If you have 50 minutes to spare, this is probably one of the better ways to spend them. In this video Matt Wilcox talks about responsive design and about responsive images, in particular.
“Guidelines for Building Touch-friendly Sites”
Here are some simple but valuable tips for optimizing your websites for touch devices. I’d like to add the idea to make touch the default and treat mouse interaction as a possible enhancement. You might want to get used to this idea.
“It’s Not File Size That’s Killing iPad Magazines”
An excellent article about what it is that’s killing iPad (or online) magazines. It comes down to the idea that an article with a URL (so you can point to it, share it or save it) has much more value than an article that’s published in a paper magazine (which you will never be able to find again after you’ve read it). So emulating paper magazines is probably not the right answer.
“10 Million hits a day with WordPress using a $15 server”
Here’s a great lesson in server optimization, a great read for people with busy blogs who would like to cut down on the costs.
More and more ultracool stuff can be done in the browser. Some browsers support the
getUserMedia device API which lets you use the camera—when you have access to the camera you can create crazy stuff (like the illusion that there’s a lion printed on a piece of paper, when in fact, it’s not). I’m sure people will come up with useful stuff eventually, but until then I’ll thoroughly be enjoying this.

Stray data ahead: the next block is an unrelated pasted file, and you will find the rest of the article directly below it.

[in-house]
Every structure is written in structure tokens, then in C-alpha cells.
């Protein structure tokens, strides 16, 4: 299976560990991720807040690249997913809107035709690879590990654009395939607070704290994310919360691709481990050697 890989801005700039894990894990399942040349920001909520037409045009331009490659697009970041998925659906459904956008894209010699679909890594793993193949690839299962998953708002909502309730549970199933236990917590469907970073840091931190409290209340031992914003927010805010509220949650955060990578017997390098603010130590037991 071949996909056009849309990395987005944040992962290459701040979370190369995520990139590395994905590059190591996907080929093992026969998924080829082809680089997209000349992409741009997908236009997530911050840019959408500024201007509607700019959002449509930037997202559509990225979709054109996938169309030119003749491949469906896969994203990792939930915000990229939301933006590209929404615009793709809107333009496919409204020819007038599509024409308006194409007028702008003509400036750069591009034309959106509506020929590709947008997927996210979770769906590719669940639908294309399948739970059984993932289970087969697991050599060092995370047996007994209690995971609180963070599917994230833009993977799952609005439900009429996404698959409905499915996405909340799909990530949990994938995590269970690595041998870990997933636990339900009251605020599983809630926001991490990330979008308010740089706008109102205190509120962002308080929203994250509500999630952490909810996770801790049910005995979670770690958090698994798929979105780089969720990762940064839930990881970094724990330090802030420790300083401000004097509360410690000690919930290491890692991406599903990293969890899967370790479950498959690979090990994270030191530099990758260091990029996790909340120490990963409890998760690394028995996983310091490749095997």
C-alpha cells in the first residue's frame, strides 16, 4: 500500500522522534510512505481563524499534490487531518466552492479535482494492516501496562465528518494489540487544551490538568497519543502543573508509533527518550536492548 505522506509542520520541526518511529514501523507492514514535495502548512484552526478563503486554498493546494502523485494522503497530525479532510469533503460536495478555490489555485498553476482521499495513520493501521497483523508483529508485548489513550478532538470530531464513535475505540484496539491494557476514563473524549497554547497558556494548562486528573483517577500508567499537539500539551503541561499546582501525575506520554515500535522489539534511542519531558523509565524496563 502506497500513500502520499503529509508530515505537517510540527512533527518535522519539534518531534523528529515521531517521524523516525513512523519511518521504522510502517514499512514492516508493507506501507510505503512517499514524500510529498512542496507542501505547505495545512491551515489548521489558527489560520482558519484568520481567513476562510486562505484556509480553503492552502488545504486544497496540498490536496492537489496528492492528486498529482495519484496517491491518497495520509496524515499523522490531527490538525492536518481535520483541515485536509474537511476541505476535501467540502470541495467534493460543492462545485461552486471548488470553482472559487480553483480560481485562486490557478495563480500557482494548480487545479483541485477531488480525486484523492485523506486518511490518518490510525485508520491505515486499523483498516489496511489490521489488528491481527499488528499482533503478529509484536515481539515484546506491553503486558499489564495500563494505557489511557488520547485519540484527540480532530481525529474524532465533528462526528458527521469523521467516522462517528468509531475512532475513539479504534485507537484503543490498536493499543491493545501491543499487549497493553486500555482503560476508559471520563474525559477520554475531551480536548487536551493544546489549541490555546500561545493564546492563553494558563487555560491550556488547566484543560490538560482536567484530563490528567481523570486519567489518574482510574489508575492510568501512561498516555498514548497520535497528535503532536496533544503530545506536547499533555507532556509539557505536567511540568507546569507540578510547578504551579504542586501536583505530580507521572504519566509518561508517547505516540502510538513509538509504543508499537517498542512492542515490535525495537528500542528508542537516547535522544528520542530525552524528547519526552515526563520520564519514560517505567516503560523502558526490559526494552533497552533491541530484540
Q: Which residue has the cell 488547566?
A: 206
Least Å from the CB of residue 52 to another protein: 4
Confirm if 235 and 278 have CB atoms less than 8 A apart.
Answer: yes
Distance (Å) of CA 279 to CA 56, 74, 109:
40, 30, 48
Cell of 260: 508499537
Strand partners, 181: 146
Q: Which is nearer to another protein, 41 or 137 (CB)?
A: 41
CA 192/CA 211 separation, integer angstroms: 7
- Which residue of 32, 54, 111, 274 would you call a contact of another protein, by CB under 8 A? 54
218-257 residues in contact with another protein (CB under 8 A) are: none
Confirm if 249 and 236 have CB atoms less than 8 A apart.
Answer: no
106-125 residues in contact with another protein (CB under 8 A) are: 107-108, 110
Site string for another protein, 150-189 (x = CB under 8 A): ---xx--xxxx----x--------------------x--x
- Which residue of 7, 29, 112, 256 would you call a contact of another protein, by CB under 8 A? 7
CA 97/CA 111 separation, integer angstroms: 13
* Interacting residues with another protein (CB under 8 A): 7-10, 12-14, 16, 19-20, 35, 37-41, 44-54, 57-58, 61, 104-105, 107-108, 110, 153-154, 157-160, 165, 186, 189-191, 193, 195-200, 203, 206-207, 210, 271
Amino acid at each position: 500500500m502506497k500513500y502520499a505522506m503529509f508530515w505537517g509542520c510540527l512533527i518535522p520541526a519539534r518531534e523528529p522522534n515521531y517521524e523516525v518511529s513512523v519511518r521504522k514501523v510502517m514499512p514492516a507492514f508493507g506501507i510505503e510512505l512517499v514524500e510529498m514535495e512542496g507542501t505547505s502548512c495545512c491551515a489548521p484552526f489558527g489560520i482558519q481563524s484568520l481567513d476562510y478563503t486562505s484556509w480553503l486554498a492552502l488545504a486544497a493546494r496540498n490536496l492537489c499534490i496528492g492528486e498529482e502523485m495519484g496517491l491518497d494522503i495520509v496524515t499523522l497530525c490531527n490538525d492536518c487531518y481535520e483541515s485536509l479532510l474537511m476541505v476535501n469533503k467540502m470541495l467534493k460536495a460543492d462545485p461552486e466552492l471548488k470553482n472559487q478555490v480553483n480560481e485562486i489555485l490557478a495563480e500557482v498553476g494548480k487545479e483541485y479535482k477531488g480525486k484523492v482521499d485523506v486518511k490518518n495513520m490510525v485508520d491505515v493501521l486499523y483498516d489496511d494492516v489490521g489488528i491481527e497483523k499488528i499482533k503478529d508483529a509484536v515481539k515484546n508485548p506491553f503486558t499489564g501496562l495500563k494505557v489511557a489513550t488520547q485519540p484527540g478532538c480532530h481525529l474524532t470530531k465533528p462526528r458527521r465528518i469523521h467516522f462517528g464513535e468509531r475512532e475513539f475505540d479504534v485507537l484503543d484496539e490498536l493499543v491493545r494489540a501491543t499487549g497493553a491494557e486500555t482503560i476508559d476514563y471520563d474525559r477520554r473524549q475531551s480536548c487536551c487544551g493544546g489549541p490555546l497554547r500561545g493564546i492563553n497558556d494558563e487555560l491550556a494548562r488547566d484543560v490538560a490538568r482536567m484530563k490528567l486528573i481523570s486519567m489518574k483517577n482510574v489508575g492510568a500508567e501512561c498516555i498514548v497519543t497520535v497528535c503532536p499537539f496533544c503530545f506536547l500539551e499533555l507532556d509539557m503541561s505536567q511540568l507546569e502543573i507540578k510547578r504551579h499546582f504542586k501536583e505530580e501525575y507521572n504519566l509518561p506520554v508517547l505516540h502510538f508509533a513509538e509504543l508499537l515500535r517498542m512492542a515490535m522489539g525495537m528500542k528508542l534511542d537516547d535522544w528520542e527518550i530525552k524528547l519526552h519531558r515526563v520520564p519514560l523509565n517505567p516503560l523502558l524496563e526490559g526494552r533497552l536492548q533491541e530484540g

“Fish: a tap essay”
Usually I never link to apps that only work on certain devices, but I really like the subject of this tap essay. It should be available as a Web page though, as the message is too good for an obscure app (and to be honest, the fact that there is no back button sucks).
“Which responsive images solution should you use? | CSS-Tricks”
A lot has been written about responsive image solutions but the perfect answer is not yet available. Chris Coyier wrote this practical article which helps you choose the right responsive image solution for your current project.
A while ago I was thinking and talking about the fact that notes in paper books can be very interesting but are lost forever most of the time (in contrast to notes in eBooks, which can be published, saved and indexed). Some of these old notes are recovered in this amusing image.
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Vasilis van Gemert is the Principal Front-end Developer at Mirabeau in The Netherlands and a board member of Fronteers. His aim is to close the gap between design and (front-end) development. He believes the excess of knowledge he has can be better used by others, by more creative and smarter people. You can follow him on Twitter.
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